Societal impact[edit]

Cricket is traditionally the most popular sport in the West Indies, despite their independence from the United Kingdom. Games between England and West Indies teams during the post-colonization period were fraught with underlying political tension.[1]

The inclusion of black players in the West Indies team marked a moment of democratic integration in society. The talented West Indies players helped to overturn an existing idea of racial supremacy.[5] The societal impact of cricket in the West Indies is an example of the affects and complicated nature of class and race relations on the development of this imperial game, as well as the conflicting use of cricket as both a tool of imperial unity, as well as a medium to assert equality and independence for the West Indian countries.[1] Before slavery was abolished in 1839, cricket was considered a “constructive” past time for blacks. In that same time period, it was also considered a way for the white elite to exhibit their loyalty to the Crown.[6] As explained in Expansion of cricket above, after the abolition of slavery, cricket would slowly be desegregated until it became the sport we know today.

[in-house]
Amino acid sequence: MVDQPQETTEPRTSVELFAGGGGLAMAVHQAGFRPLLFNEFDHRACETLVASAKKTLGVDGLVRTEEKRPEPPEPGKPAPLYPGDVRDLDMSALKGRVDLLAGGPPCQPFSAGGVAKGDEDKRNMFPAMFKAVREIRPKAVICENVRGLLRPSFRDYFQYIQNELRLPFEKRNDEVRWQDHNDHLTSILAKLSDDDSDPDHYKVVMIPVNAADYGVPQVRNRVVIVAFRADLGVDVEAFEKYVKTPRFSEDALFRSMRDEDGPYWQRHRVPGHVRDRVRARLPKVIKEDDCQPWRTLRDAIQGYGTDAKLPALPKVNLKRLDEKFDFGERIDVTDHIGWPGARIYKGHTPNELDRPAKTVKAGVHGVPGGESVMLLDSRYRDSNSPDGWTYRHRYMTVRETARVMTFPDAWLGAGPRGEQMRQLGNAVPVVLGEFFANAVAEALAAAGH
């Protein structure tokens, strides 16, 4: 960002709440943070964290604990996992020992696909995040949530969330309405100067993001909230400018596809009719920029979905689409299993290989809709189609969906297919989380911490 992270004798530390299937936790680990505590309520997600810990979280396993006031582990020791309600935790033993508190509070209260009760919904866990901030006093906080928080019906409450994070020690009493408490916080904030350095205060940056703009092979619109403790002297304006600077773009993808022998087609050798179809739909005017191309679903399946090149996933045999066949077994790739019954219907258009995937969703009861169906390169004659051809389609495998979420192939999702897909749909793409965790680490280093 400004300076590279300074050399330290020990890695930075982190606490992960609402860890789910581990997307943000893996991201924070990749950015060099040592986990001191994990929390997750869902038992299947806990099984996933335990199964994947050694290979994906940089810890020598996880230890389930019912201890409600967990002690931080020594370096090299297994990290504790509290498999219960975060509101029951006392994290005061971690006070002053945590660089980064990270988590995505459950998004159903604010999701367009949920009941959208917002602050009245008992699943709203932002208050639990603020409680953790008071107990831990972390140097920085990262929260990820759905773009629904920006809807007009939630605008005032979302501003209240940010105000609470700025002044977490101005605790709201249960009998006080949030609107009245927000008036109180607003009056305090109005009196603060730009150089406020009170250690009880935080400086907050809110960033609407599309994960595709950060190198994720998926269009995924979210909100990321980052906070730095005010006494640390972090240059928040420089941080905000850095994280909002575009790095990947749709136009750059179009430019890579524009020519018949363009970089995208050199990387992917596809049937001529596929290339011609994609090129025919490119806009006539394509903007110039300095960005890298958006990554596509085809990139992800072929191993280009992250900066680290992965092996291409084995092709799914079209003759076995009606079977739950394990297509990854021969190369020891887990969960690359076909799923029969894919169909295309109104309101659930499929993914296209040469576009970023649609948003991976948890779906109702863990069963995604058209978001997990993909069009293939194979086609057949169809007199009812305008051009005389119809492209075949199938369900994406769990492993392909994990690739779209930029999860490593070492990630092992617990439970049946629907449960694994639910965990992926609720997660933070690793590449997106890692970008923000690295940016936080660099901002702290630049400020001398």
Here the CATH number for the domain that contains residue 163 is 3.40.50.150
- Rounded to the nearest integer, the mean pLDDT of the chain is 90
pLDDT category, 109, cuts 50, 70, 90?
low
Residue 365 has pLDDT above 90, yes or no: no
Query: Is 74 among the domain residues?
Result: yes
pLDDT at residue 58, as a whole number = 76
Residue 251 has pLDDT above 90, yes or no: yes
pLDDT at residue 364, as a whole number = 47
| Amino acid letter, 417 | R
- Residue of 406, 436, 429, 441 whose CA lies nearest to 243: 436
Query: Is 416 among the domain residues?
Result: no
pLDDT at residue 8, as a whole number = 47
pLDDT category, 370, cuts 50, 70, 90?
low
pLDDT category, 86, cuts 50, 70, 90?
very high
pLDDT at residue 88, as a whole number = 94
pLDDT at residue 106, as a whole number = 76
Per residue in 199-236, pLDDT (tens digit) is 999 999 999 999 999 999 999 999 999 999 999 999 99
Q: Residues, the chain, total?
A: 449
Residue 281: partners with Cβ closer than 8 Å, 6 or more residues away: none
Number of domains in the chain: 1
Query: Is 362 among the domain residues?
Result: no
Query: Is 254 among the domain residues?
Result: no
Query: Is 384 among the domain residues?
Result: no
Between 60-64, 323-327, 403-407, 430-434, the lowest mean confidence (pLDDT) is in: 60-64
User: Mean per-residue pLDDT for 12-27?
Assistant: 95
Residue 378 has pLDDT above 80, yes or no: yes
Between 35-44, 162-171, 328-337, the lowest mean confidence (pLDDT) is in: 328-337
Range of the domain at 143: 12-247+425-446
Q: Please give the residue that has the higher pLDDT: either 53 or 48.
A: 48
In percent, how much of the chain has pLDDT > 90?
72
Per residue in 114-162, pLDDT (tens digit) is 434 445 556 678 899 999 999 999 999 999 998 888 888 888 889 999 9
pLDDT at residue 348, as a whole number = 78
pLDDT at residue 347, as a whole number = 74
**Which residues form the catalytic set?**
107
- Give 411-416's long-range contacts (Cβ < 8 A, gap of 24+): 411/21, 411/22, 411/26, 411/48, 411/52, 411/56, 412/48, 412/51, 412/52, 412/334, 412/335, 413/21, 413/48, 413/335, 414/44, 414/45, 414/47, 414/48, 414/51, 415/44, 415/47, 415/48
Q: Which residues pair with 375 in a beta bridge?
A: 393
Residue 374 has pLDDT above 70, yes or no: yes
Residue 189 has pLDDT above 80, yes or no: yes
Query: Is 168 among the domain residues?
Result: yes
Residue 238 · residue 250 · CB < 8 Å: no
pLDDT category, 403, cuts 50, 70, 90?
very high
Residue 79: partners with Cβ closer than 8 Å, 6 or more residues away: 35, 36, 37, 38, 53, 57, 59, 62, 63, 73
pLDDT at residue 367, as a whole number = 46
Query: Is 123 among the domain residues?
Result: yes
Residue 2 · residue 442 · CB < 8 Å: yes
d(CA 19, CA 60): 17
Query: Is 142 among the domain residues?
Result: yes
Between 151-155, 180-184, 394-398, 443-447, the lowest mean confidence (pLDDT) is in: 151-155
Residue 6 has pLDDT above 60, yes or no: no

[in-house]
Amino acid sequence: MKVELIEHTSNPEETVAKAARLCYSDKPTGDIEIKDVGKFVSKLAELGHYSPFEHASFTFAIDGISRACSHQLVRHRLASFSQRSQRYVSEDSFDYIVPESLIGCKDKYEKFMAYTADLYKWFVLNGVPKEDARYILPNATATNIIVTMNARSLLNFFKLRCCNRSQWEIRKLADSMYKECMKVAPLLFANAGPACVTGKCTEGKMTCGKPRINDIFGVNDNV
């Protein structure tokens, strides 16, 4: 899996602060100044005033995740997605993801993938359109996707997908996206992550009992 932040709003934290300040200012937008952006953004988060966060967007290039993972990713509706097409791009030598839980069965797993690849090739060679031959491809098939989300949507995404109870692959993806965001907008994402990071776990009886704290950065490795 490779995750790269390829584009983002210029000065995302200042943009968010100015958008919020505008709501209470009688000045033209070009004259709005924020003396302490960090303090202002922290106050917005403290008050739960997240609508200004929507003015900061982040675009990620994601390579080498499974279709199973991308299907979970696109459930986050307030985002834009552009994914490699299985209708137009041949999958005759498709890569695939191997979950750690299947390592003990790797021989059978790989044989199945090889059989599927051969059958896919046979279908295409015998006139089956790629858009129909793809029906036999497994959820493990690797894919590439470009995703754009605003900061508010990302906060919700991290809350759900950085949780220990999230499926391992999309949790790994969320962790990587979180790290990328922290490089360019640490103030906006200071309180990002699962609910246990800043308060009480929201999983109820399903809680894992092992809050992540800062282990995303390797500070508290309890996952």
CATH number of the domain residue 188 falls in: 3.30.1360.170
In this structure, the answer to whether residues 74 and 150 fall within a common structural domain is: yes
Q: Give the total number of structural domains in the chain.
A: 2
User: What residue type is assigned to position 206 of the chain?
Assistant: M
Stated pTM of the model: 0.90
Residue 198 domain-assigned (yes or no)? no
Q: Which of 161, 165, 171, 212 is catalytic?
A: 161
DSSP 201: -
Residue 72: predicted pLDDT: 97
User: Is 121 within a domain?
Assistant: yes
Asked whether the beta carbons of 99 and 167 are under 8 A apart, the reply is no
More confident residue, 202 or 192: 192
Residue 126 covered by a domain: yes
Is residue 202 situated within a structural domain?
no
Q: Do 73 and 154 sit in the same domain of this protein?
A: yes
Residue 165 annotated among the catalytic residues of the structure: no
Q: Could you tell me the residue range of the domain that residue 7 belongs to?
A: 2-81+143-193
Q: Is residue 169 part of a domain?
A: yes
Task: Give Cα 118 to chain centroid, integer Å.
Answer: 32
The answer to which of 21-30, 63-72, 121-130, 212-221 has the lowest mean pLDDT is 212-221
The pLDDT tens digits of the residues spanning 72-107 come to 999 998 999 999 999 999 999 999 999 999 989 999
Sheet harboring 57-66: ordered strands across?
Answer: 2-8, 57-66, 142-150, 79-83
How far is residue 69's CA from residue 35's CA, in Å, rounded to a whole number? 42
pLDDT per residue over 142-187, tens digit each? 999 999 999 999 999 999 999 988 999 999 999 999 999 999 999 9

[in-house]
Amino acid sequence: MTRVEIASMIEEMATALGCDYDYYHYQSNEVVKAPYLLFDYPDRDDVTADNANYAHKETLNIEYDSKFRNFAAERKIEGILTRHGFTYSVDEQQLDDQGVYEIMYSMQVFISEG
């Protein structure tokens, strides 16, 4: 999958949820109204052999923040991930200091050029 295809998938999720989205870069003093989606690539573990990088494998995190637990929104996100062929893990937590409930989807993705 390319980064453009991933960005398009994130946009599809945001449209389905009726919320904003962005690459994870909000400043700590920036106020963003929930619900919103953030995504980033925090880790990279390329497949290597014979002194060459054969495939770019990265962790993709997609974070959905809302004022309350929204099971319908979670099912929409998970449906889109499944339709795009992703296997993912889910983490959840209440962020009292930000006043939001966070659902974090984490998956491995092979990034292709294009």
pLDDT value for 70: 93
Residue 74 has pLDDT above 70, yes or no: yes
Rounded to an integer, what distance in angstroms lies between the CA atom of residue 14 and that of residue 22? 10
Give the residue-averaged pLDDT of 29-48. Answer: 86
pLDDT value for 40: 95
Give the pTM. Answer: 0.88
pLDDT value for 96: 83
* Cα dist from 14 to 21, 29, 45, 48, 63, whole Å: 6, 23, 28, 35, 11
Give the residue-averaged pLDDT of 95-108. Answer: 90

However two individuals worth mentioning are batsman George Headley who became captain of the Jamaican cricket team to play England in 1947-48, and Barbadian, Frank Worrell, who was captain of the West Indies team against Australia in 1960. Worrell’s appointment in particular was seen as a strong example of the developing nationalism and anti-colonialism of the time, as it was directly reflected in sporting culture.[7] The early 1970s to mid-1990s showed a major increase in the dominance of the West Indian cricket team. The general historical consensus is that this is due to an increase in fast bowling, and a strong “us” versus “them” mentality, where “us” was the black masses, and “them” was the privileged, dominant culture.[5]